Oklahoma joined the majority of court in finding that after a loss occurs, the insured can assign the policy to another. Johnson v. CSAA Gen. Ins. Co., 2020 Okla LEXIS 118 (Okla. Dec. 15, 2020).
Johnson’s property was damaged in a storm. She filed a claim with her insurer. She also executed an assignment of her claim in order to repair the property with the execution of assignment to Triple Diamond Construction LLC. An appraiser retained by Triple Diamond determined the storm damage was $36,346.06. The insurer paid only $21,725.36 for the loss.
Johnson and Triple Diamond sued the insurer for breach of contract, seeking $14,620.70, not inclusive of interest, attorneys’ fees and costs. The insurer filed a motion to dismiss, or an alternative motion for summary judgment to dismiss Triple Diamond as a party. The insurer argued that both the policy and an Oklahoma statute barred the assignment. The district court granted the insurer’s motion.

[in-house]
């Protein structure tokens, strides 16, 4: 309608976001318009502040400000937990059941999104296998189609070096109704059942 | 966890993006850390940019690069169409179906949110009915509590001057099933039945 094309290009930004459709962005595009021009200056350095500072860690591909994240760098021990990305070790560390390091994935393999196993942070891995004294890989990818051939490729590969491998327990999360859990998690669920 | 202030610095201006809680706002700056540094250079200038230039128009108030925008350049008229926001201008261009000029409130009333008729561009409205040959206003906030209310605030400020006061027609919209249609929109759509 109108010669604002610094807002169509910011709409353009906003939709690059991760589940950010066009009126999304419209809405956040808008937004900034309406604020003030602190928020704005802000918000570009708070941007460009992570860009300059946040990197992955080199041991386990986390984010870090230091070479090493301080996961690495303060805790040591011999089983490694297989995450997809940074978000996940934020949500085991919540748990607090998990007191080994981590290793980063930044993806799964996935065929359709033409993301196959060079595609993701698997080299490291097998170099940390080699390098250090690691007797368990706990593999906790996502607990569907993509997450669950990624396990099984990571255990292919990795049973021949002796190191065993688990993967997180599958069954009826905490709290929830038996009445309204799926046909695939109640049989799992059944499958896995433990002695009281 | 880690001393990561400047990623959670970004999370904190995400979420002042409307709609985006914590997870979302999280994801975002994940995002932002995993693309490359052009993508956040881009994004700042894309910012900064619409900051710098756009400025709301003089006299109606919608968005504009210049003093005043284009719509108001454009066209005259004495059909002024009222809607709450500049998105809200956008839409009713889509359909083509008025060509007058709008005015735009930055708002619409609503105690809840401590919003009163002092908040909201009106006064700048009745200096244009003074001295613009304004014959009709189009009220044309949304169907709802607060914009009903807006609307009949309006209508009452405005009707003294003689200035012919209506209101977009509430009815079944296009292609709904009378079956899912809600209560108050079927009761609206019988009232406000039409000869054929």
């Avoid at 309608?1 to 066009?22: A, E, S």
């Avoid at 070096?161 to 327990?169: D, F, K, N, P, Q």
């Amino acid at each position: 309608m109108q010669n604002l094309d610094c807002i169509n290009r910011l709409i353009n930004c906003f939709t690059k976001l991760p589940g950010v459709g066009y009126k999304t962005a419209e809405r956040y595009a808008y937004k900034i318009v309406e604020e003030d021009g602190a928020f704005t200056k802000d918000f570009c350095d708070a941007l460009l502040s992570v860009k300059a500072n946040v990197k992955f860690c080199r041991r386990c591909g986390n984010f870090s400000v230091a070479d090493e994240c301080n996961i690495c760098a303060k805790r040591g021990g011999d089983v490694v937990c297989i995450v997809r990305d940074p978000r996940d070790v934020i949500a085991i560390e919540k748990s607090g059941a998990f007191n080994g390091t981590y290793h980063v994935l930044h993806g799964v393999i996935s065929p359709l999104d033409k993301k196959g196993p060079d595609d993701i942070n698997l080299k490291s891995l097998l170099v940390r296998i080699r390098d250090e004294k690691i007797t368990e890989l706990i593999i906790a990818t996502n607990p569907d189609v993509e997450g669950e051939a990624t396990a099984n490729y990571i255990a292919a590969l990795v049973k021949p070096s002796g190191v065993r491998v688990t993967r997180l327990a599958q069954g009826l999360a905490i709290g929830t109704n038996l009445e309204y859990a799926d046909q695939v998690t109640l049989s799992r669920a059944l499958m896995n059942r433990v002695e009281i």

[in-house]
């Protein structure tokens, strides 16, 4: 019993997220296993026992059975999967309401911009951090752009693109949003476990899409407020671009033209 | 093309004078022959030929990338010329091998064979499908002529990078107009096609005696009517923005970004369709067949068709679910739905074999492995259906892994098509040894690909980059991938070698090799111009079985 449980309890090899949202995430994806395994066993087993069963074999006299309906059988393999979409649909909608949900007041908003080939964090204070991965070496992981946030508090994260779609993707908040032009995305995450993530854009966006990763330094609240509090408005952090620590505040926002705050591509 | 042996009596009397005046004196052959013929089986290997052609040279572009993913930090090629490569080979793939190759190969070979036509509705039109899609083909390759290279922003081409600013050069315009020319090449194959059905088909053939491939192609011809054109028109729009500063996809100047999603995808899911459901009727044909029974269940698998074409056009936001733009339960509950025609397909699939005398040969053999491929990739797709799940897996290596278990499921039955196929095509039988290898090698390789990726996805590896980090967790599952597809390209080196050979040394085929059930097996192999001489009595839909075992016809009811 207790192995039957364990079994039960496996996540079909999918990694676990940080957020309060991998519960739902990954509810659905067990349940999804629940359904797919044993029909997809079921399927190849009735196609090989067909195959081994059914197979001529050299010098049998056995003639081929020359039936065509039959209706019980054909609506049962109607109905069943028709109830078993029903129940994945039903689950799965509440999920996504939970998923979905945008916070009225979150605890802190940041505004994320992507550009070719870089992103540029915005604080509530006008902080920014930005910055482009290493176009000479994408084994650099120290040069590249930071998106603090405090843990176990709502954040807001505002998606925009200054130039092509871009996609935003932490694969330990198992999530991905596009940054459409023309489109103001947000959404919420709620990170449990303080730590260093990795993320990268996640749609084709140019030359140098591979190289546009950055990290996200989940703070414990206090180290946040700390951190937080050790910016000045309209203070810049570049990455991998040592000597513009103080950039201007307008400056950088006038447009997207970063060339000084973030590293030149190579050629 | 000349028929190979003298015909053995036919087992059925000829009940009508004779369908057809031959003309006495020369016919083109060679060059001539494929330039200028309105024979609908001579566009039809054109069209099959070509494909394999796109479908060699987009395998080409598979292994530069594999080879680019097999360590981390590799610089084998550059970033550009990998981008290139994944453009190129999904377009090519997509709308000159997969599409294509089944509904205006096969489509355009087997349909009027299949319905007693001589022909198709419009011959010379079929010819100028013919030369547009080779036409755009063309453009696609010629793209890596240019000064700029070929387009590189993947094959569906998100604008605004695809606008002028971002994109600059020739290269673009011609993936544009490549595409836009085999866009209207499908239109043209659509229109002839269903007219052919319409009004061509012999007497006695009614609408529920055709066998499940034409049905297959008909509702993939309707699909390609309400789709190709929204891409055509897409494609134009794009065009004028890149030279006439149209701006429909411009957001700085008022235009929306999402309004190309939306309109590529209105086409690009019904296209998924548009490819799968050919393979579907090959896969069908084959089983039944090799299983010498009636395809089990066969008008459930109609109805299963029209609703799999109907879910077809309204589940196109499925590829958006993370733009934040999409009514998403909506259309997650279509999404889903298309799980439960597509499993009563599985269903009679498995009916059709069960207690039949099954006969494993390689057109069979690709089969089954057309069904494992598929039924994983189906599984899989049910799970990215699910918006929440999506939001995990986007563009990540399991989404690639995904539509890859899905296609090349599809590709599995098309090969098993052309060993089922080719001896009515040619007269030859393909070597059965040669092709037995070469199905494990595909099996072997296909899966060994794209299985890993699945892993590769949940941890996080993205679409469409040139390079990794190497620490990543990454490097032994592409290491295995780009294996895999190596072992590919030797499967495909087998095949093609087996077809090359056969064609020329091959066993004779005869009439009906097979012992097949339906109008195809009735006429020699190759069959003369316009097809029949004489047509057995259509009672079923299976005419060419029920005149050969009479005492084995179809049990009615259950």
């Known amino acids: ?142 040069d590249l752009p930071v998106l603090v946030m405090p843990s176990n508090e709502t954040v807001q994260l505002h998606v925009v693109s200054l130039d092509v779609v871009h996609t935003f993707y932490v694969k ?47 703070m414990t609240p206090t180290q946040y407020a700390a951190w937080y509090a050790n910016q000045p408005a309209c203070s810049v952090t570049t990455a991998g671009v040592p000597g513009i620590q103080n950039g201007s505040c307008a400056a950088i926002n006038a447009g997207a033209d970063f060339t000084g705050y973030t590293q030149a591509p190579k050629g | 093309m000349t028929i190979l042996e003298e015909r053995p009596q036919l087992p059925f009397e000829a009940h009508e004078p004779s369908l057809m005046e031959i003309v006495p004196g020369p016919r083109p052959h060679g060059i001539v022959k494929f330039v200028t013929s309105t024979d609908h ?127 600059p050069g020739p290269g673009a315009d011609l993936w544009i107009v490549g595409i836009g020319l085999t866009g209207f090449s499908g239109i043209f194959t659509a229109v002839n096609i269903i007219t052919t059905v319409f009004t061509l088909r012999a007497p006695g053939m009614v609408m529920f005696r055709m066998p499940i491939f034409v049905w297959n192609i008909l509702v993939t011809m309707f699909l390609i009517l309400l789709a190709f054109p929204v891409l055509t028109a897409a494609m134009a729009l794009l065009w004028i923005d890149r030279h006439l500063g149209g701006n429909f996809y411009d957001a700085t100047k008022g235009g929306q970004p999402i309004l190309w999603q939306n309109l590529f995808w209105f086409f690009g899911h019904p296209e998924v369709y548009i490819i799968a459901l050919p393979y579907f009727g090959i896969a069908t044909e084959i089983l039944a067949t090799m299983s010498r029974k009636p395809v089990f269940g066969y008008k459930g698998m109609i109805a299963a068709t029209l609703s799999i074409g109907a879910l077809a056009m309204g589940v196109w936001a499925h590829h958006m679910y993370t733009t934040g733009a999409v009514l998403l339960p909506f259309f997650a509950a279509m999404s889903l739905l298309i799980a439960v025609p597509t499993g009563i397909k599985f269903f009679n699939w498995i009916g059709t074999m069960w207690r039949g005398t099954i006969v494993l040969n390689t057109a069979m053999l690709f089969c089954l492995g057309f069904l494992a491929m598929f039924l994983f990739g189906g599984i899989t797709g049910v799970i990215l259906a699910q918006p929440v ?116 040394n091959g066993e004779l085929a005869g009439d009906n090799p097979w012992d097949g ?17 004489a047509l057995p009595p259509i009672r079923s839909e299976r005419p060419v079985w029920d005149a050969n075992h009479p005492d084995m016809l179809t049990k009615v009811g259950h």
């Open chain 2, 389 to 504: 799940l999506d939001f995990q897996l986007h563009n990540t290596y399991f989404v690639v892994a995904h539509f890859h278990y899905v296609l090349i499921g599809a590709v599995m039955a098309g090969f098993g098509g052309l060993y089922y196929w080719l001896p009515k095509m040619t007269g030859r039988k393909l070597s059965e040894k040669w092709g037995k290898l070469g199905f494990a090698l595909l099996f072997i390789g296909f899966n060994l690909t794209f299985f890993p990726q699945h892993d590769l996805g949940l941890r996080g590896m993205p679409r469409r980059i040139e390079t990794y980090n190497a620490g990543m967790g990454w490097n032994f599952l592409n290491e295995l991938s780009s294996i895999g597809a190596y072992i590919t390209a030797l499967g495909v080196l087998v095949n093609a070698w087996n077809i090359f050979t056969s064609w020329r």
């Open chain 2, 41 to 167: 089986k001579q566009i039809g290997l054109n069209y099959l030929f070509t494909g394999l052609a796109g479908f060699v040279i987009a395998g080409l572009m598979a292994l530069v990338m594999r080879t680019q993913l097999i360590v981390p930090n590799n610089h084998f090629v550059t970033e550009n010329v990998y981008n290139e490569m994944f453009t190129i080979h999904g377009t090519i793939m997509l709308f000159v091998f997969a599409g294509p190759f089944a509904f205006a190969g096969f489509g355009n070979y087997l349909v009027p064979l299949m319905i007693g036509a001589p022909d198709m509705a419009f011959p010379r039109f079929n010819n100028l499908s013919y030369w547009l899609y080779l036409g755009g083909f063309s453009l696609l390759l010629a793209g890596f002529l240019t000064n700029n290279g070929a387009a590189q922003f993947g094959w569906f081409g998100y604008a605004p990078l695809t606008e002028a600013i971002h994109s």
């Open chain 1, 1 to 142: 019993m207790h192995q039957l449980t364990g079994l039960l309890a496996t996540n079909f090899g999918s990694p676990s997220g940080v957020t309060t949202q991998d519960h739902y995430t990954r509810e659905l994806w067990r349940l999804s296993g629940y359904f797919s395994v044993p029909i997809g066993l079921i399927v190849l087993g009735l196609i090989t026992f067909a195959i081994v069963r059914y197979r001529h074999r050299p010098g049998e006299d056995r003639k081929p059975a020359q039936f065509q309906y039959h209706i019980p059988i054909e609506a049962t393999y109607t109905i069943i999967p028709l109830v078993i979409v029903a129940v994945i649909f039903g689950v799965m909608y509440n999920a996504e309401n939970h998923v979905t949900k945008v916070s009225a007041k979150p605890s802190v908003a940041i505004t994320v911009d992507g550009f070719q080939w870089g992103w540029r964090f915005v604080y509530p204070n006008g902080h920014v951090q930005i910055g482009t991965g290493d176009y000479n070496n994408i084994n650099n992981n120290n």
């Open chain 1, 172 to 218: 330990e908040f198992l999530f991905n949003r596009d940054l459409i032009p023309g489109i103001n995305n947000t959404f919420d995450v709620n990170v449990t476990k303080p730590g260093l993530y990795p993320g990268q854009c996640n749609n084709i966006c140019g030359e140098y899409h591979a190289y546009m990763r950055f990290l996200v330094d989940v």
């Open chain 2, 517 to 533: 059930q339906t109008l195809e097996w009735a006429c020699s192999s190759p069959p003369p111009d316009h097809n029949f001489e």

After review of Oklahoma law and cases across the country on assignments of a policy post-loss, the Supreme Court reversed. Distinguishing between an assignment of a policy and an assignment of a post-loss chose in action which did not increase the insurer’s risk was recognised by the majority of courts as implementing an important public policy. An assignment by an insured possessing an insurable interest when the subject of the assignment was a post-loss chose in action was valid in Oklahoma. The district court’s dismissal of Triple Diamond was reversed.